Reprinted with permission from jeasprc.org:
One of the interesting things about starting a school year is to find out why students are taking “J-1” – Introduction to Journalism. The answers, to no surprise, run the gamut.
“Because my friend did.”
“Because my parents made me.”
“Because I like to write.”
“Because I’m interested in journalism.”
Bravo. However, whether a student has friends in the class, persuasive parents or (fortunately) have an interest in journalism, one thing that students need to know, and it is incumbent on journalism educators to emphasize, is that journalists can make a difference. Even scholastic journalists.
The motto of the Chicago Headline Club, the Chicago chapter of the Society of Professional Journalists, is “Protecting the public’s right to know,” and its message is not limited to professional journalists. Its message is meant for student journalists whether in college or high school.
While journalism educators stress the Common Core and awards to their administrators, what’s paramount is that students understand their role as journalists, not just “student journalists”. I’ve heard from more than one adviser that they’re changing their newspaper to a news magazine because they’re not reporting news.
Then something has gone amuck. While their publications may not feature “breaking news” more and more newspapers are being sought out for their work as watch dogs and are, more than more are “protecting the public’s right to know.”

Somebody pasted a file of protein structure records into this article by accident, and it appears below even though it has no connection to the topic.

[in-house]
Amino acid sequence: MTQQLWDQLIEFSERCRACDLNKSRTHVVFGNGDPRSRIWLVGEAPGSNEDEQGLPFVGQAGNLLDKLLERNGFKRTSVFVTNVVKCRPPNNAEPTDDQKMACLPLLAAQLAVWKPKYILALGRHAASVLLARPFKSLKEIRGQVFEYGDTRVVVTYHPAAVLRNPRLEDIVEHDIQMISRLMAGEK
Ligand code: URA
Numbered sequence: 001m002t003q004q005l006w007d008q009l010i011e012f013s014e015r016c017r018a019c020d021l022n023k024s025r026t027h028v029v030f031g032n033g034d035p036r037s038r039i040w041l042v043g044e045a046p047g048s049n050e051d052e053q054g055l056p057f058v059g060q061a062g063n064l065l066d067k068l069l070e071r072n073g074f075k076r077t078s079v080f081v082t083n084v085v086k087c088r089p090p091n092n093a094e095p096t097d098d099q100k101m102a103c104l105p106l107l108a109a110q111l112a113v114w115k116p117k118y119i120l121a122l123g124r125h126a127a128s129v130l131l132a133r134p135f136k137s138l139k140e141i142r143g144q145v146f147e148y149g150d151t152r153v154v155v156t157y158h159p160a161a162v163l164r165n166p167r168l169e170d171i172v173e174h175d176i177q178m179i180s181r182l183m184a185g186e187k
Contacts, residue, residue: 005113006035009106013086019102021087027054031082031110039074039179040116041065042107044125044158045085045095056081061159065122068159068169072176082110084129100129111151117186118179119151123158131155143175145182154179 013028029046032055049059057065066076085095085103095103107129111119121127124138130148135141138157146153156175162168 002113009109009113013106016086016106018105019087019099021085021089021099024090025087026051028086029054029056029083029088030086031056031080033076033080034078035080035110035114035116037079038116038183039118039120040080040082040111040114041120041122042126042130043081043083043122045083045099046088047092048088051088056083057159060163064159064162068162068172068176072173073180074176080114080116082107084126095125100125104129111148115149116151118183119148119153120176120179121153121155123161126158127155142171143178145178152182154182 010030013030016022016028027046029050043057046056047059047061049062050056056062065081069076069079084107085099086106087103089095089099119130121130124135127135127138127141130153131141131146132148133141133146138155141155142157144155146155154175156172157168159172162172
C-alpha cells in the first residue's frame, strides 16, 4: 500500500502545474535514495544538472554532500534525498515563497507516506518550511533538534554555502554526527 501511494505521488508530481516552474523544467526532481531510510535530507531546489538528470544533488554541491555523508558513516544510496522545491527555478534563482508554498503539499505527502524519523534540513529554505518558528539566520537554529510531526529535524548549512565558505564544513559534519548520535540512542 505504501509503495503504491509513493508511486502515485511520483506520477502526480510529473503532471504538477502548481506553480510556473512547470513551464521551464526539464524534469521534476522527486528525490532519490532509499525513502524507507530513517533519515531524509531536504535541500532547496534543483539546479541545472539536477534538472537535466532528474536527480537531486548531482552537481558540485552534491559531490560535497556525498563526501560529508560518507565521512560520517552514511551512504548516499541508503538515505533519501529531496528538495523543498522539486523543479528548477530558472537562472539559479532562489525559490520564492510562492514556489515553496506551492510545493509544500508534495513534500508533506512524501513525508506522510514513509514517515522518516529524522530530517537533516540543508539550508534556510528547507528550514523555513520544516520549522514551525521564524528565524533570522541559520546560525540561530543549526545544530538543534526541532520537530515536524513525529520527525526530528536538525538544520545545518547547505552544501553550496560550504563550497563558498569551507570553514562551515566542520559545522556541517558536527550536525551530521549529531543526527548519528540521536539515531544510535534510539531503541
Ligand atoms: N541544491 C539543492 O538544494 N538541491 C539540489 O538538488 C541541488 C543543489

So what do students, and perhaps journalism educators, need to know? That despite roadblocks that some administrators will put up to protect their own personal goals or initiatives, information is readily available to student journalists – just as it to all journalists.
The Freedom of Information Act is not limited to professional journalists. Your student are afforded the same rights. Using the FOIA may seem tricky, but it is a fairly simple process. The Student Press Law Center makes the process simple. All you need to do is go to SPLC FOIA Instructions.
Keep in mind that you should be a specific as possible. Do not, for example, say you want to review the budget for 2013. Narrow your focus. If you are interested in an athletic team’s budget, indicate that you want travel expenditures for the Central High School football team from Aug. 1, 2013 to Dec. 31, 2013.
Remember too that you can use the FOIA to obtain information from other agencies. Nearly all public records are accessible by the FOI. This includes police reports, school board information, birth records, divorce information and property transfers to name a few. There may be some limitations as to what some agencies may release. For example, police departments may not release reports involving domestic disputes, sexual assaults or minors. If there’s a dispute, you can refile your FOIA request, or if need be, state offices will review your FOIA. In Illinois for example, the Attorney General’s office has procedures to for FOIA reviews.
It is a common practice for names and addresses to be redacted (crossed out) to protect non FOIAed individuals. That’s because they may be outside the request of your FOIA request.
In many cases, an organization has a limited time in which to respond. In Illinois, an organization must respond by email or letter within five days.
Once the information is received, you and your students need to evaluate it and see how it will be used, which will be addressed in my next blog.
In the meantime, check your state guidelines for using the FOIA and include it in your lesson plans.
It may not be a popular action to take with your administration, but in addition to expectations of journalism mirroring the Common Core and 21st Century Learning standards, administrators, journalism educators and student journalists need to understand a primary, perhaps the primary role of the media today is, in fact, “protecting the public’s right to know.”